Currently, optical beam steering primarily relies on mechanical systems such as gimbals or motors to adjust the direction of optical lenses. However, these gimbal-based beam steering systems are often too large and heavy for small autonomous vehicles that require onboard laser communications and LiDAR capabilities.

Integrated photonics has emerged as a plausible solution to assist microscopic devices on chips replicate the functions of discrete optics. According to the announcement, this not only leads to a significant reduction in size but opens possibilities for new and intricate optical system architectures that were previously impractical at the macroscopic scale. The impetus behind the SOAR project is to address critical questions regarding optical receiver performance, scalability, and integration.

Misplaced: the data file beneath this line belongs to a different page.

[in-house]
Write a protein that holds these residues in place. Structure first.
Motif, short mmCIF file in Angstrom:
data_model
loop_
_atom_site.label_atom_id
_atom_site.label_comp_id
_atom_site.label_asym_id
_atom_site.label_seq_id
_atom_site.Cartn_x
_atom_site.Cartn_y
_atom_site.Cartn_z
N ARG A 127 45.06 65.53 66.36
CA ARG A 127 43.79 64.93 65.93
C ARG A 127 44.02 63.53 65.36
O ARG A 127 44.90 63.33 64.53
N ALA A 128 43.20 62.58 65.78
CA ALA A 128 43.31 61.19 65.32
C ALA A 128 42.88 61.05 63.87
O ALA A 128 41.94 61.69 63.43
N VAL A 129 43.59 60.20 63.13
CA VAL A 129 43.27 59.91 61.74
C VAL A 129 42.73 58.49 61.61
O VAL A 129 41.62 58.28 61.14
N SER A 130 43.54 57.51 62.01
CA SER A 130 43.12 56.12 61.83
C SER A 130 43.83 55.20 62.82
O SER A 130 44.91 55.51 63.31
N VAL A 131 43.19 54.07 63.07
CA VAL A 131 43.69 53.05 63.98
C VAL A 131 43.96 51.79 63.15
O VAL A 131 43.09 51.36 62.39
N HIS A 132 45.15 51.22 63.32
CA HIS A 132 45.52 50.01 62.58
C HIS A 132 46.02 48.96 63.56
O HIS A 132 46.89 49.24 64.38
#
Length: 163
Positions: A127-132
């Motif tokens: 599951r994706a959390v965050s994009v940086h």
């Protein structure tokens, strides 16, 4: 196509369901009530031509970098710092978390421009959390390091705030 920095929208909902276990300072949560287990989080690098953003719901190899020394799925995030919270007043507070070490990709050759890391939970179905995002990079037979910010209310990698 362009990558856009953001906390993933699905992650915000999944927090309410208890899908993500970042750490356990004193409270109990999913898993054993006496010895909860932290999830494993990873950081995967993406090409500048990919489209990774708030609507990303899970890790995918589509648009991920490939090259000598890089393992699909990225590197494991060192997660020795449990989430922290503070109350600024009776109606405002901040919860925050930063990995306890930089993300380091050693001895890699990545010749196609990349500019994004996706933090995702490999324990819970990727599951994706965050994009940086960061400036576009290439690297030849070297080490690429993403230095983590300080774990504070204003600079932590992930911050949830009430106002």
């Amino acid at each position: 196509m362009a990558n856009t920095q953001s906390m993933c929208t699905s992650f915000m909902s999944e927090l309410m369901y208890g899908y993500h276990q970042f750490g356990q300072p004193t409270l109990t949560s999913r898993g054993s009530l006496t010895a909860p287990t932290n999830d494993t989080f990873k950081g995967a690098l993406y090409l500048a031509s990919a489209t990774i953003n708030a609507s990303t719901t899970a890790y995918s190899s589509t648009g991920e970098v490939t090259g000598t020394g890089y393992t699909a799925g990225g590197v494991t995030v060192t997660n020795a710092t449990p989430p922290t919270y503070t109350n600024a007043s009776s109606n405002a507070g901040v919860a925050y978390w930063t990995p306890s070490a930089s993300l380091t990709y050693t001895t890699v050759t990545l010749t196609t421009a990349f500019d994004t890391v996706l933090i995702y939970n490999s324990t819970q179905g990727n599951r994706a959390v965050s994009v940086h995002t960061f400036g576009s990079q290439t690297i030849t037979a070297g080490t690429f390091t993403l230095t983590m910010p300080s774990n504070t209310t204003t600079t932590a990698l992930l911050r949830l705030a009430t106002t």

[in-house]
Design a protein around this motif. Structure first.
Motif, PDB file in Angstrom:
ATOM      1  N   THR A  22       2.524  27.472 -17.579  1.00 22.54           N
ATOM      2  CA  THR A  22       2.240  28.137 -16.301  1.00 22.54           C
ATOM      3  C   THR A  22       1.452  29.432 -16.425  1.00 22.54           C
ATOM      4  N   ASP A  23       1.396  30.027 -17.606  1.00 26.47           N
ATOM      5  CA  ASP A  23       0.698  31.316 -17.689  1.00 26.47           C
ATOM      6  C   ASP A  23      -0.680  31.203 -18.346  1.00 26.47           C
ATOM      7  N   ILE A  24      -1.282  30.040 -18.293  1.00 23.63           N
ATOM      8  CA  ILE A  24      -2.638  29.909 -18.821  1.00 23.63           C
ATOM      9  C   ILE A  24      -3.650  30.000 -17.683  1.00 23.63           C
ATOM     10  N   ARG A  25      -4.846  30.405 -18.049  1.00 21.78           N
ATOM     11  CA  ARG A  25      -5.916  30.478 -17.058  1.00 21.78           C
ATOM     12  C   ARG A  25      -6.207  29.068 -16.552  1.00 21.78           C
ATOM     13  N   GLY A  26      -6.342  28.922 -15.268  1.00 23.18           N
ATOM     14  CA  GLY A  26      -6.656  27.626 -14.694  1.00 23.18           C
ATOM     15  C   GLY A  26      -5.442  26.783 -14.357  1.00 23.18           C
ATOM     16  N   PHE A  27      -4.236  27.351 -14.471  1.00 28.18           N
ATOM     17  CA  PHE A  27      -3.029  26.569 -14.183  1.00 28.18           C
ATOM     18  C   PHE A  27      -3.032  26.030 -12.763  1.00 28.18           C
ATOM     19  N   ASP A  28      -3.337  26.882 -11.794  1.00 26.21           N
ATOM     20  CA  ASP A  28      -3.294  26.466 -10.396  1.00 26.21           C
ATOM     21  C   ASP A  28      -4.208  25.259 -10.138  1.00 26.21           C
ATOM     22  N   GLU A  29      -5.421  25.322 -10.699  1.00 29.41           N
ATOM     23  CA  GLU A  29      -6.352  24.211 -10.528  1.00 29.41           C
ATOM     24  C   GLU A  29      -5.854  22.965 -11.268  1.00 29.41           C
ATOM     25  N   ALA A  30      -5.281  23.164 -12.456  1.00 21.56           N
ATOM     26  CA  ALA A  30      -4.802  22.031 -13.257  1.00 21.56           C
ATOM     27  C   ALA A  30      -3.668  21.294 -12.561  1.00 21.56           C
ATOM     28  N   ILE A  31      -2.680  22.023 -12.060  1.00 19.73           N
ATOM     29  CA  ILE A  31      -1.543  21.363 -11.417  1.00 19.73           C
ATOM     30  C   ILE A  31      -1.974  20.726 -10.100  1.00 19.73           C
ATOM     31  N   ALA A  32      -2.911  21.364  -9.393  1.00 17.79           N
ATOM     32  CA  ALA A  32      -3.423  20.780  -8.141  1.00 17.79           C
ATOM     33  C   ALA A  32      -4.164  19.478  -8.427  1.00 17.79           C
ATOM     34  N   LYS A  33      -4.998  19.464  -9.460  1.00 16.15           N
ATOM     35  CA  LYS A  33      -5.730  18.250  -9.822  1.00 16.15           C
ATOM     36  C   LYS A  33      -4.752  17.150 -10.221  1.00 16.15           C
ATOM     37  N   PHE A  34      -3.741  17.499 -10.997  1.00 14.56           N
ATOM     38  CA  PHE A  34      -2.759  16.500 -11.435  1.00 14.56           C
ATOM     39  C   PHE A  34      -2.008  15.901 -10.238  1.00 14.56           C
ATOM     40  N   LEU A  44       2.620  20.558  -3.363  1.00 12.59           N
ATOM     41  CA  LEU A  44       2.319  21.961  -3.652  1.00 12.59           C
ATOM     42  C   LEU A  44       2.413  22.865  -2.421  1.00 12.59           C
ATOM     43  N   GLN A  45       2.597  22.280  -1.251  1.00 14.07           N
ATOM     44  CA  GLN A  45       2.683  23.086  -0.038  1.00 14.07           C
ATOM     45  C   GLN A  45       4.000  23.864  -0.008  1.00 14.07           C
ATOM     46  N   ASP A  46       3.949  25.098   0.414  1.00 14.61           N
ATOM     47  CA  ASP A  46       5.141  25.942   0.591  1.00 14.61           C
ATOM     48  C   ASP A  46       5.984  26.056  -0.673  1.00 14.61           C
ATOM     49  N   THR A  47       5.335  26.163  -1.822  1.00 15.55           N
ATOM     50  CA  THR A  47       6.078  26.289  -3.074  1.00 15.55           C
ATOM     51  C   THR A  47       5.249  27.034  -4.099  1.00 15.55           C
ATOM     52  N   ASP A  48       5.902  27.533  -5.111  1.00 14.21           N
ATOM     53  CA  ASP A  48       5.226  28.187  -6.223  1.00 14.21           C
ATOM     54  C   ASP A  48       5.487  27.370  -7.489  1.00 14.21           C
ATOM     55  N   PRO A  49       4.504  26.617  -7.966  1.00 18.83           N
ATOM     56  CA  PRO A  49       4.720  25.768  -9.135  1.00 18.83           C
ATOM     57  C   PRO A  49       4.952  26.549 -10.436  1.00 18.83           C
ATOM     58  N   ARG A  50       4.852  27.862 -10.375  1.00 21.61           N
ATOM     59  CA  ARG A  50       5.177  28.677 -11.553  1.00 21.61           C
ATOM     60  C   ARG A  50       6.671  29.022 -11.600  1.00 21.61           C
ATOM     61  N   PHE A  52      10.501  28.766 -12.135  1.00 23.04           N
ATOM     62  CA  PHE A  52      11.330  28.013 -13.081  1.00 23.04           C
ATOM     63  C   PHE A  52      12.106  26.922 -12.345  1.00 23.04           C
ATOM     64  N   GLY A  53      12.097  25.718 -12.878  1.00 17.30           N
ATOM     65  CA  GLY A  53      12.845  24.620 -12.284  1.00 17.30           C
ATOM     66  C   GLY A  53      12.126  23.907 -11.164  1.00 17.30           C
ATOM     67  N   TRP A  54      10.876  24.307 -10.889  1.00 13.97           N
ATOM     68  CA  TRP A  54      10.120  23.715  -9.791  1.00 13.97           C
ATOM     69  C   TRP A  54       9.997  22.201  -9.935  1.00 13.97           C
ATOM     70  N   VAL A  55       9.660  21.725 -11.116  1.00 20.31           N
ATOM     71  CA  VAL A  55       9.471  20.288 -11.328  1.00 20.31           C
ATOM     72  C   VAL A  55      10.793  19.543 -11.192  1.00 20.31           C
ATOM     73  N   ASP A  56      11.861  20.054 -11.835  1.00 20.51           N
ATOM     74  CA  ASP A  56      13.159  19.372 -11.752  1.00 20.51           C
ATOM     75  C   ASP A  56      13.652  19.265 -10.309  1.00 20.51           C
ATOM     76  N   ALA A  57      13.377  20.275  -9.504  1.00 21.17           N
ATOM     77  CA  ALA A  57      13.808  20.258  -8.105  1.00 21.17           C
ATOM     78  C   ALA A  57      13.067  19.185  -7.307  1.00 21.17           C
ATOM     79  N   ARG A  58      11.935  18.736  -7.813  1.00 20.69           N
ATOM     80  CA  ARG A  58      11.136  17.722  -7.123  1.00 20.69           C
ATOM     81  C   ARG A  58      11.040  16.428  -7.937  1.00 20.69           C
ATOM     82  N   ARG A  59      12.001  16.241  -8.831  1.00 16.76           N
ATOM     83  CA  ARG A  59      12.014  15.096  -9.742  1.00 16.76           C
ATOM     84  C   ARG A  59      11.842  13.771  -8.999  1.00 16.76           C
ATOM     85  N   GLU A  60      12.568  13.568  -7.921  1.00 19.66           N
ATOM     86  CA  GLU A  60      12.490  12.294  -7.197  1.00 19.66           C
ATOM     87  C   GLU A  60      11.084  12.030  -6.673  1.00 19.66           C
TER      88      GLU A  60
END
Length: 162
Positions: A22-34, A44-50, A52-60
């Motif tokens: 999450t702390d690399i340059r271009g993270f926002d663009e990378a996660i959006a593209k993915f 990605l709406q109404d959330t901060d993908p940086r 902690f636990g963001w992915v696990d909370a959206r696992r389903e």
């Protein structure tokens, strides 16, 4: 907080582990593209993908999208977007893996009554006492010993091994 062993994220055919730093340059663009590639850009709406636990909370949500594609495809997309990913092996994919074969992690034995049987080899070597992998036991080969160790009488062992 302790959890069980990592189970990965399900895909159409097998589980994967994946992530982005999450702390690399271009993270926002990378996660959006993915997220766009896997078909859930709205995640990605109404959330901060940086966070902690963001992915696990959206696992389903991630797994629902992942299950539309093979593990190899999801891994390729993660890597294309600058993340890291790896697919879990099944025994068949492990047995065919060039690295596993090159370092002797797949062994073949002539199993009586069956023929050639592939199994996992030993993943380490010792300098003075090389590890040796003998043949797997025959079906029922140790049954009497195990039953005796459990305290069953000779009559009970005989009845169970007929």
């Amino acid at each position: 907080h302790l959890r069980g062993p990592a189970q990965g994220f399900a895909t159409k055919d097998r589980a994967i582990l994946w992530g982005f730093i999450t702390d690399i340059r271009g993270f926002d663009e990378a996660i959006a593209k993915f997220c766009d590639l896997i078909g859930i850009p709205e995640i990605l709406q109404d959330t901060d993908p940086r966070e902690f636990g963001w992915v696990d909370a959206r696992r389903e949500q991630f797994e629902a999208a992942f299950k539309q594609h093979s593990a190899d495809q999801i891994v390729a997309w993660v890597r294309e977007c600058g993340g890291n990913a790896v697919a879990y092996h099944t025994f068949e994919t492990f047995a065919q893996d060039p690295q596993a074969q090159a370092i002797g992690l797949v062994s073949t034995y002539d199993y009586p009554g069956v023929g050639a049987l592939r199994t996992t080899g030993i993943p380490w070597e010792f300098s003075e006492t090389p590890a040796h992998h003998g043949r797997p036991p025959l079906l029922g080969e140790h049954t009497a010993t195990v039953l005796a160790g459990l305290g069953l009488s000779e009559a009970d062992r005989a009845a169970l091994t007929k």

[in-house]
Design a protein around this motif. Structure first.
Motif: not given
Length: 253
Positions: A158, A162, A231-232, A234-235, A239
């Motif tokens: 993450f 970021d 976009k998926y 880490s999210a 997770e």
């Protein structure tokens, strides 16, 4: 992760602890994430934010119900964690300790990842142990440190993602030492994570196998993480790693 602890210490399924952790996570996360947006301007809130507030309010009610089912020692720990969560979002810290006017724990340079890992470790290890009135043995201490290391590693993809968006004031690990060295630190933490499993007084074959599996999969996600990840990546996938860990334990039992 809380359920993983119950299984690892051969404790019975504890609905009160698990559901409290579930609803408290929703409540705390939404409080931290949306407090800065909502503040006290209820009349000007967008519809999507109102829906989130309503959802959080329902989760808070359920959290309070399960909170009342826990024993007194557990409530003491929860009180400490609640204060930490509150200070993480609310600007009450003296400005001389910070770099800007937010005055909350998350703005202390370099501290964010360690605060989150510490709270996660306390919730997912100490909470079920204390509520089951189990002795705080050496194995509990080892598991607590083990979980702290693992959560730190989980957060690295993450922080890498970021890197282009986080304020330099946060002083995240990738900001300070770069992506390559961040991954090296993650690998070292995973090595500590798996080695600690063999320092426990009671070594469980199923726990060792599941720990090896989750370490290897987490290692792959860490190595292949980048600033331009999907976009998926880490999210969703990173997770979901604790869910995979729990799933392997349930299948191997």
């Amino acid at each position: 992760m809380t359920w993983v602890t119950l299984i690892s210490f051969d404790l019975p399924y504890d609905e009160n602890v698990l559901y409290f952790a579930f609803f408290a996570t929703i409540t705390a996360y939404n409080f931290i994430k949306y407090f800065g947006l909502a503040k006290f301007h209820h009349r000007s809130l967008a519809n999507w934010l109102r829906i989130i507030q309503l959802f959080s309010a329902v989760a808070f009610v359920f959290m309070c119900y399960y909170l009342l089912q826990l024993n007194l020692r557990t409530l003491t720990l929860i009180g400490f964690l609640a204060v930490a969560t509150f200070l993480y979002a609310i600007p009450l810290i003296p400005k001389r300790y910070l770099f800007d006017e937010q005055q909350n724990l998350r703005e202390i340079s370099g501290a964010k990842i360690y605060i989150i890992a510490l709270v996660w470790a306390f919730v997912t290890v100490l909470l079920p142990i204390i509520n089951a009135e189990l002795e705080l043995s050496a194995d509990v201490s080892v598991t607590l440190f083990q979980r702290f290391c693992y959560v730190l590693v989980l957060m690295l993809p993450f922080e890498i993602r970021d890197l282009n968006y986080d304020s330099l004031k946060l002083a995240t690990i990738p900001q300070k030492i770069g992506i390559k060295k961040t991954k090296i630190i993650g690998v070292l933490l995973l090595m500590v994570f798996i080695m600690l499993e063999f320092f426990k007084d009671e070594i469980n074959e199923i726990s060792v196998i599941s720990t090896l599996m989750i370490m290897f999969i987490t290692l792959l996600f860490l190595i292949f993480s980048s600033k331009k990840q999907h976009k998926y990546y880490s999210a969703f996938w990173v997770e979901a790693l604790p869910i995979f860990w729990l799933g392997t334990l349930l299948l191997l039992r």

Intricate optical systems

SOAR aims to develop optical interfaces capable of receiving light from any direction without precise knowledge of the incoming angle. This is achieved by steering the angle of acceptance to capture and couple the input beam into a common output mode or detect the optical signal within the receiver interface.

SOAR is technology-agnostic; It aligns with the programs goals. Two-dimensional optical parametric amplification (OPA), non-planar integrated photonics, optical metasurfaces, directional optical scattering techniques, and discrete micro-optics are all among the approaches that researchers are considering, in addition to the generation of multiple simultaneous beams is of interest to the project.